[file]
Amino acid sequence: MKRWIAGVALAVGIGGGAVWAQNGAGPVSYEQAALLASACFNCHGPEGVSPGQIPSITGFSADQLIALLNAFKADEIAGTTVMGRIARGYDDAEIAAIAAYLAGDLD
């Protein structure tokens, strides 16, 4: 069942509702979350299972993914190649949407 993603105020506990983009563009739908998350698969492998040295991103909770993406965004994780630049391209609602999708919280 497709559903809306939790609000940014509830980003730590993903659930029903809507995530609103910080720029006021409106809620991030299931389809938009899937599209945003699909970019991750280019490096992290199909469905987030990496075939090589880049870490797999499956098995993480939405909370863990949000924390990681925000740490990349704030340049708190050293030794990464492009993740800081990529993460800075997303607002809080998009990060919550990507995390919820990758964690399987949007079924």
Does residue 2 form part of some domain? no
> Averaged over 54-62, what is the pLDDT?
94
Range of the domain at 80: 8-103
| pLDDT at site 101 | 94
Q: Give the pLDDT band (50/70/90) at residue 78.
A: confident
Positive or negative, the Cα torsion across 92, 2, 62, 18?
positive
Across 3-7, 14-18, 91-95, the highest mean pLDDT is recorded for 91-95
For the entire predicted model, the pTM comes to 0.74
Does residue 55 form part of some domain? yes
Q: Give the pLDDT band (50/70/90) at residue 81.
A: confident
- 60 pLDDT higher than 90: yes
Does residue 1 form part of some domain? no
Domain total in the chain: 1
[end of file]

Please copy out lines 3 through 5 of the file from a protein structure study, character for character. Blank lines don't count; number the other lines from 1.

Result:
Does residue 2 form part of some domain? no
> Averaged over 54-62, what is the pLDDT?
94